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Iynen I et al, 2012: The effect of extracorporeal shock wave lithotripsy on the hearing

Iynen I, Ciftci H, Bozkus F, Savas M
Department of Otolaryngology, Head and Neck Surgery, Harran University, Sanliurfa, Turkey


Abstract

OBJECTIVE: To investigate the effects of extracorporeal shockwave lithotripsy on hearing.

METHODS: The study group consisted of 34 patients with urinary lithiasis on whom ESWL was applied in a single course. Patients with normal hearing levels were included in the study. Conventional audiometry and transient evoked otoacoustic emissions were recorded before the application of the procedure and thirty minutes afterwards.

RESULTS: A total of 68 ears of 34 patients were evaluated. Of those, 15 (44.1%) patients were male and 19 (55.9%) were female. The average age was 31.47 +/- 15.62 (range, 10-62 years). There was no statistically significant variation, according to the data obtained from the pure tone average threshold of the shockwave procedure on the otoacoustic emission test.

CONCLUSION: The results of the study indicate that the risk to the hearing of patients exposed to lithotripter noise is negligible and, therefore, ESWL is a safe procedure.

J Pak Med Assoc. 2012 Jan;62(1):10-3
PMID: 22352092 [PubMed - in process]

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Comments 3

Guest - Randy Pate on Friday, 26 April 2019 09:14

Is there any danger to the staff’s hearing doing eight to twelve ESWL a day????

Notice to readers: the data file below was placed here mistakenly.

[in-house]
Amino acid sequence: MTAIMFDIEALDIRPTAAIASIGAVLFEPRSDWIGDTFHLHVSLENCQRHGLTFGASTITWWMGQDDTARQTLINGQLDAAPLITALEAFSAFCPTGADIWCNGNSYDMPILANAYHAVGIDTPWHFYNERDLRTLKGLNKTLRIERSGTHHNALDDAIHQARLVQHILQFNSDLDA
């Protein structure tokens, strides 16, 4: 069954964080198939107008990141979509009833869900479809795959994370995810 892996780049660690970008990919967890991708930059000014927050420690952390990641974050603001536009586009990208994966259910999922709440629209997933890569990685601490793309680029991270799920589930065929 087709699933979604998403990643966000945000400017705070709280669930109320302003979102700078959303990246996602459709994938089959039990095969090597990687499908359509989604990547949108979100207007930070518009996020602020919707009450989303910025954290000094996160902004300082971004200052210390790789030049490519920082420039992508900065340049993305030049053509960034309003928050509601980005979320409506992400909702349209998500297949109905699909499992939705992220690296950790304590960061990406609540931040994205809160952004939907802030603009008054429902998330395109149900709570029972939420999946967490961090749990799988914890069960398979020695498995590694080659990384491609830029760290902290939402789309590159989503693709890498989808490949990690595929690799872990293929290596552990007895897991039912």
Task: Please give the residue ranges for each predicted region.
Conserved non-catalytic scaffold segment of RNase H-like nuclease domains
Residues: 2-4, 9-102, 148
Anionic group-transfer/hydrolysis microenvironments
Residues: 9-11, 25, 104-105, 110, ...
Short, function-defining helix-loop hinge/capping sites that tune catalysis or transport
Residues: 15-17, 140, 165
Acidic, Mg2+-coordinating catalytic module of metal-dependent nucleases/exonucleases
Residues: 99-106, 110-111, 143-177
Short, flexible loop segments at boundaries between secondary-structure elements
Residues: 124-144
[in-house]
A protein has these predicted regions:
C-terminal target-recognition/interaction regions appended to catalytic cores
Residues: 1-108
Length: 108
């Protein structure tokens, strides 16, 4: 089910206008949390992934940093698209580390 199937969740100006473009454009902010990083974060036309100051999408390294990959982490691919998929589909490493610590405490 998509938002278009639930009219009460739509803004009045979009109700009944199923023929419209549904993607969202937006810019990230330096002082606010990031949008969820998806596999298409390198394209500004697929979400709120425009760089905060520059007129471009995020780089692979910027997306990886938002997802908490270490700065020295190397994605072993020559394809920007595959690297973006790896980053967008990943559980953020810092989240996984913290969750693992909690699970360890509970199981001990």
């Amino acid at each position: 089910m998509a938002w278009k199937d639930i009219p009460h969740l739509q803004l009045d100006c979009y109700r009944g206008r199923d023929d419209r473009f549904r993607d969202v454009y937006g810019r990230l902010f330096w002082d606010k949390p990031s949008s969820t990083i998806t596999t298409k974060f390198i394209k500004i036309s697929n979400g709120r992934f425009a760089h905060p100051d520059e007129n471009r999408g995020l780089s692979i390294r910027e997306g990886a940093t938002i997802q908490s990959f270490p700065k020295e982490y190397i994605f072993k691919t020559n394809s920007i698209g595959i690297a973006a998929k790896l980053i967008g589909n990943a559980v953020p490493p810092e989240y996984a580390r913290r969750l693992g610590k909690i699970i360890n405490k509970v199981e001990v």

Is there any danger to the staff’s hearing doing eight to twelve ESWL a day????
Othmar Wess on Monday, 29 April 2019 12:32

There are different methods to generate shock waves for ESWL with different noise levels. Electro-hydraulic (spark gap) generators feature a significantly higher noise level than piezo-electric or electro-magnetic generators. Some electro-hydraulic devices request ear-protection whereas piezo-electric and electro-magnetic devices usually do not.
It is important to know which method of shock wave generation the study is based on. For piezo-electric and/or electro-magnetic shock wave generation we are not aware of risks to the hearing system.

There are different methods to generate shock waves for ESWL with different noise levels. Electro-hydraulic (spark gap) generators feature a significantly higher noise level than piezo-electric or electro-magnetic generators. Some electro-hydraulic devices request ear-protection whereas piezo-electric and electro-magnetic devices usually do not. It is important to know which method of shock wave generation the study is based on. For piezo-electric and/or electro-magnetic shock wave generation we are not aware of risks to the hearing system.
Hans-Göran Tiselius on Wednesday, 30 November 2011 08:41

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Thursday, 23 May 2019
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